Last I checked, religious people are, by and large, able to function normally in society, for instance.

    As are the vast majority of people with a diagnosed mental illness, so I’m not sure what your point with that was.

  • wmdkitty

    They weren’t big on germ theory either, IIRC.

  • wmdkitty

    Oh, but we don’t have a gun problem at all! It’s ALL because of teh crazies!


    So. Tired. Of this shit!

  • Bubba Tarandfeathered

    from what I wrote how did you come to the conclusion that I have so much loathing, contempt, and disgust, for such a large swath of the population? Unless you are making an assumption based in an Appeal to Tradition.

    But to clarify what I meant since it seems that everyone commenting after my statement needs clarification.

    I have observed countless times theistic parents and family members in a state of denial that their loved one has a mental illness These states of denial are often coupled with group prayer sessions and flat out denials that the Mental Health Professional i.e Me, can use or is even equipped with the necessary tools to alleviate the person suffering from the mental illness. Countless times I’ve heard the statement, “this is part of god’s plan” or “he is one of god’s special children” while completely dismissing my professional advice and refusing the administration of medication or therapy. If that is not insanity then I need to find a new profession. Every instance of such behavior adds subjective proof to my opinion that there is a fine line between mental illness and religious practice/adherence. Yes I said/wrote “subjective proof.” Yes TCC that is not scientific or objective proof, and therefore you can rightfully dismiss my observations as fallacious.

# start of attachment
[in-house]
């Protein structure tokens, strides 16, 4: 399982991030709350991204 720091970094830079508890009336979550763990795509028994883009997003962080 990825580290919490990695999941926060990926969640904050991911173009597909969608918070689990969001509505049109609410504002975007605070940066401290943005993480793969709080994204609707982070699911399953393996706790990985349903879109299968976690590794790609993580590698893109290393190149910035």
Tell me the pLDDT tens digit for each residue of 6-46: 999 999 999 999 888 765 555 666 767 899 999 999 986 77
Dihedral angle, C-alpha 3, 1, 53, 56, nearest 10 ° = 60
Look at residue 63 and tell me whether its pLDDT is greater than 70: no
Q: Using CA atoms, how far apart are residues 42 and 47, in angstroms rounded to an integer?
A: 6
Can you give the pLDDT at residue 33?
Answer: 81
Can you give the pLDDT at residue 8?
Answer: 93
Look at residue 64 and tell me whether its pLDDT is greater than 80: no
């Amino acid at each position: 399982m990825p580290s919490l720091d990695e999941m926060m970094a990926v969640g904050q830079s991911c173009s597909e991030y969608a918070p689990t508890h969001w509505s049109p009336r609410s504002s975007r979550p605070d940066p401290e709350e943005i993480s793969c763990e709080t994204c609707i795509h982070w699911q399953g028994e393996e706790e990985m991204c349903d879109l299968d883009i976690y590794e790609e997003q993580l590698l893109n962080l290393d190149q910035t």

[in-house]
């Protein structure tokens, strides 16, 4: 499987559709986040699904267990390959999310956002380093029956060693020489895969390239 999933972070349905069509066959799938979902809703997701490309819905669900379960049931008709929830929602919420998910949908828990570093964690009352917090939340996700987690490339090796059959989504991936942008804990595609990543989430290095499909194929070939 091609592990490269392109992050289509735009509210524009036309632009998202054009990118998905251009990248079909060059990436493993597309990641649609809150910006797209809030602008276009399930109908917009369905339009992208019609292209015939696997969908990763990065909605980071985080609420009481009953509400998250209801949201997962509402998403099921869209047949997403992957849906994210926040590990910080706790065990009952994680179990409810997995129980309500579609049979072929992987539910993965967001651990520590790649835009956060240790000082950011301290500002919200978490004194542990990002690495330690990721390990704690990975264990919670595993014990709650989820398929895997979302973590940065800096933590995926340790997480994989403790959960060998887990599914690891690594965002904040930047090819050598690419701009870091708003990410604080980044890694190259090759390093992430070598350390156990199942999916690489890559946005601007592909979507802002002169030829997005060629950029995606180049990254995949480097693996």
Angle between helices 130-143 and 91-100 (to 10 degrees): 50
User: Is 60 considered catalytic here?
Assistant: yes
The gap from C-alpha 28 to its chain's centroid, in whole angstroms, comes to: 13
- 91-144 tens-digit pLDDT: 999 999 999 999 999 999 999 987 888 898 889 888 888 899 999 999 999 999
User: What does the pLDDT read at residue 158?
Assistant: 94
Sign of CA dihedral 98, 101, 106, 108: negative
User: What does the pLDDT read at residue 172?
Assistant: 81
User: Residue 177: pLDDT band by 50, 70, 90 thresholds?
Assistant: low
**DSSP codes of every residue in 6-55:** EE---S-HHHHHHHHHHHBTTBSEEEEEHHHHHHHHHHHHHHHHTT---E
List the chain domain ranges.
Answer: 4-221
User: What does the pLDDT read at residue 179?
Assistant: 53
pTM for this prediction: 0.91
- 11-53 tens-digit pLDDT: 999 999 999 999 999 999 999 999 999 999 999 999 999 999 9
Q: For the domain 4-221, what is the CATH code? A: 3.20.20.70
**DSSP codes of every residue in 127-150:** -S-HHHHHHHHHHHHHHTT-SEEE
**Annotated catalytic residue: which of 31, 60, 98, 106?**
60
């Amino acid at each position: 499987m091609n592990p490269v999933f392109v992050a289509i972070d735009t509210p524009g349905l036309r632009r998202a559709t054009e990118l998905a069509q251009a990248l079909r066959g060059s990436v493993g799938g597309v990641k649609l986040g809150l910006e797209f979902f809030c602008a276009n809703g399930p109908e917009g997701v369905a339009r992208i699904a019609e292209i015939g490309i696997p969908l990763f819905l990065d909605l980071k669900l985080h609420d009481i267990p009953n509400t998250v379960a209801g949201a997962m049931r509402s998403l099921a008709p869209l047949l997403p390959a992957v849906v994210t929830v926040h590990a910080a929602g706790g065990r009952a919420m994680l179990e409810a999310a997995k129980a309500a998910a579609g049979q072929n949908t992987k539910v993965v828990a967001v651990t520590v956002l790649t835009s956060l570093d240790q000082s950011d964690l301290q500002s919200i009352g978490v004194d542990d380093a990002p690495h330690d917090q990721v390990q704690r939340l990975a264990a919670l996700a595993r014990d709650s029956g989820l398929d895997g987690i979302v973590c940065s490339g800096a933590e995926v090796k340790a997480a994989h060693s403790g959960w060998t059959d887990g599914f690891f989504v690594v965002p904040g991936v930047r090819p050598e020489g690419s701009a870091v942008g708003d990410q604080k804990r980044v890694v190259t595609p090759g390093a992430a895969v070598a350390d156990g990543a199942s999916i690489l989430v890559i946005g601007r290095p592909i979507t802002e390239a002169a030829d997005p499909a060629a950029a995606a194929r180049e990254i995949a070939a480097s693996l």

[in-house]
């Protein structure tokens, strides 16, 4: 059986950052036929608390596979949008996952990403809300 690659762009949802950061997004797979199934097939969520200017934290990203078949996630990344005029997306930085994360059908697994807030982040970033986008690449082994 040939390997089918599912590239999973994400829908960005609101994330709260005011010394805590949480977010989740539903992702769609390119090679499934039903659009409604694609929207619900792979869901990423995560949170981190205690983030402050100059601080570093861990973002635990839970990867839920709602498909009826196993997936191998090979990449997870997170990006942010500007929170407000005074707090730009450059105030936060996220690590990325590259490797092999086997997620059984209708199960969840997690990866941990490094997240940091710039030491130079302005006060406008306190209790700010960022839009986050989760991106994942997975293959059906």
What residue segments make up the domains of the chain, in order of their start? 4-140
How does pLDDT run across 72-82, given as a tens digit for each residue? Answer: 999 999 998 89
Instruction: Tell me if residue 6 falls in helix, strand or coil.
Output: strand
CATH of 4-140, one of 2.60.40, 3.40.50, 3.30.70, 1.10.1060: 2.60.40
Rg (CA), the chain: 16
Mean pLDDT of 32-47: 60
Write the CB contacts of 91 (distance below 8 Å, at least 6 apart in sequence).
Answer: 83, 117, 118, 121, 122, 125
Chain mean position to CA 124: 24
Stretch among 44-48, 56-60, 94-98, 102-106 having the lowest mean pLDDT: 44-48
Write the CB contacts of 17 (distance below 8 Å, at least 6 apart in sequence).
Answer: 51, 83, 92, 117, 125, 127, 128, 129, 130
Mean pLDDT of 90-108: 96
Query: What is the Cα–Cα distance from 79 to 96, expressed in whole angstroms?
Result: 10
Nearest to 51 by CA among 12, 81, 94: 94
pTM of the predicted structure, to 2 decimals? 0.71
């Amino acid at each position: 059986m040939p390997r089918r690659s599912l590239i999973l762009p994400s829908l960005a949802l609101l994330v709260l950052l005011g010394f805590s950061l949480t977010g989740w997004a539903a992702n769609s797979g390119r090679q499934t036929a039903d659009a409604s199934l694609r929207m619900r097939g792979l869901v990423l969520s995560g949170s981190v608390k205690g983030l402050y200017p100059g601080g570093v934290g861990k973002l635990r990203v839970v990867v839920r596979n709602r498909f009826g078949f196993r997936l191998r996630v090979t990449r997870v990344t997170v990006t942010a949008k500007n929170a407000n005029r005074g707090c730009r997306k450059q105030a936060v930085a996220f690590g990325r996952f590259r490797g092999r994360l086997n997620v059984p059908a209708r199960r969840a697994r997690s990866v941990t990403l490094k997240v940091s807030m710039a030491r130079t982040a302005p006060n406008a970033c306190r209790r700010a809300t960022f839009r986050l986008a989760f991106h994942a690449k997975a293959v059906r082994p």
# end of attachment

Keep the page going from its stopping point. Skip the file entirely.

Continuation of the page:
• Bubba Tarandfeathered

    It has been said, “the devil takes on many forms, stand fast and beware for he seeks to deceive you”

  • Bubba Tarandfeathered

    UM? Anonymous-person-who-claims-he-will-soon-be-the-expert. Never in any of my posts have I made a claim that I am an expert in psychology or any of the mental health fields, I have asserted that I have numerous years directly working with persons with developmental disabilities and mental health issues. I am a Mental Health Professional that’s my job description. In accordance to the licensing I have acquired from Washington State Health and Human Services Department. Who, by state law, required me to submit a thorough FBI background check and as a requirement of my employer a GHQ-28 test to determine my mental health. (or as I see it to determine whether I am insane enough to handle my job) Never-the-less I am also of student of applied psychology currently working towards completing my doctoral thesis, but none of that makes me an expert in any manner of shape or form.
    I am also a level 90 w/iLvl 490 Alliance Death Knight in WoW, booyaa!!

  • amycas

    Is that an actual condition? I have a problem where I see weird or unsettling things when I’m trying to fall asleep.Sometimes it’s accompanied by auditory hallucinations, and sometimes it’s accompanied by tactile sensations. It’s almost like I’m having a dream before I actually fall asleep.

  • Carissa Snedeker

    Wonderful post. Thank you.

  • TCC

    Like I said, let me know when you have actual facts. In the meantime, I will continue to think this notion to be a crock of shit.

  • TCC

    That’s not something a mentally healthy person would believe

    That begs the question. Try again.

    As are the vast majority of people with a diagnosed mental illness, so I’m not sure what your point with that was.